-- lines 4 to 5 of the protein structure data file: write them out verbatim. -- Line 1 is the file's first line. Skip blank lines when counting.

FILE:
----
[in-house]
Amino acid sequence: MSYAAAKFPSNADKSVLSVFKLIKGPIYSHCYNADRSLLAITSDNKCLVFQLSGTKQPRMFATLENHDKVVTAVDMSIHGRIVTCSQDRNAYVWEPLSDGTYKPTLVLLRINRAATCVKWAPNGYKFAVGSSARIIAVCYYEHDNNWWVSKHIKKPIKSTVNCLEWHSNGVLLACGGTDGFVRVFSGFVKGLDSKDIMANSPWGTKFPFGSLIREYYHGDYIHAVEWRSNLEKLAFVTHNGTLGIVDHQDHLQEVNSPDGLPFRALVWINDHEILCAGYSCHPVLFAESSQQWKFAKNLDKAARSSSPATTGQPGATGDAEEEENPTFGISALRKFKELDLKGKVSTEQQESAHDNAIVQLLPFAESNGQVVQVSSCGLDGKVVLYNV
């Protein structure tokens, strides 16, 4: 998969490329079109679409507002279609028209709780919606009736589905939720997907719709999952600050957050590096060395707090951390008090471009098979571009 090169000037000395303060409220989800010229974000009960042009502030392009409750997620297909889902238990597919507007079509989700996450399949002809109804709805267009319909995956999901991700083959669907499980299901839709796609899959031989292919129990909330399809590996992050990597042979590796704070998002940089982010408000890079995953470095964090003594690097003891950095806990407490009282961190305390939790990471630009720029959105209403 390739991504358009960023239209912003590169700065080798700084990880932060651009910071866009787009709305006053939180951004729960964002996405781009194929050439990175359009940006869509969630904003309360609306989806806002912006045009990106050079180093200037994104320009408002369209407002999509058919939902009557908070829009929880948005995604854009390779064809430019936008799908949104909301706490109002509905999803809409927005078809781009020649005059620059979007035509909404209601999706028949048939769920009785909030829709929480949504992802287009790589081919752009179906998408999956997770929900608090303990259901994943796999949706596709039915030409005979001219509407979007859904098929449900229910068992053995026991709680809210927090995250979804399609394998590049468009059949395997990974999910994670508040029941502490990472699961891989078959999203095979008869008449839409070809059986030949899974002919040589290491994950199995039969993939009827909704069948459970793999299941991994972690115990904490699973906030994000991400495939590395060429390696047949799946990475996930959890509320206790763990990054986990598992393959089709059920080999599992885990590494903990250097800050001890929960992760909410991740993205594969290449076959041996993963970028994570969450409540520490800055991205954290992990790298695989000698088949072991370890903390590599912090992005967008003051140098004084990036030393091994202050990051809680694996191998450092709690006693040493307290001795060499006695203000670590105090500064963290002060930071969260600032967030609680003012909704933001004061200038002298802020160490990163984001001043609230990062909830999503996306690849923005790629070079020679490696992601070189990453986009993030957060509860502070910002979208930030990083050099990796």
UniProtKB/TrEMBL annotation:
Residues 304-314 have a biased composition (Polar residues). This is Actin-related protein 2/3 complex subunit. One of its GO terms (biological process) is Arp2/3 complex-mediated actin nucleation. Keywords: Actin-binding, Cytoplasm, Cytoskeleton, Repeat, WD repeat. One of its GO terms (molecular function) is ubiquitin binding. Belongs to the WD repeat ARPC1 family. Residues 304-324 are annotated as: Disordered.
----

UniProtKB/TrEMBL annotation:
Residues 304-314 have a biased composition (Polar residues). This is Actin-related protein 2/3 complex subunit. One of its GO terms (biological process) is Arp2/3 complex-mediated actin nucleation. Keywords: Actin-binding, Cytoplasm, Cytoskeleton, Repeat, WD repeat. One of its GO terms (molecular function) is ubiquitin binding. Belongs to the WD repeat ARPC1 family. Residues 304-324 are annotated as: Disordered.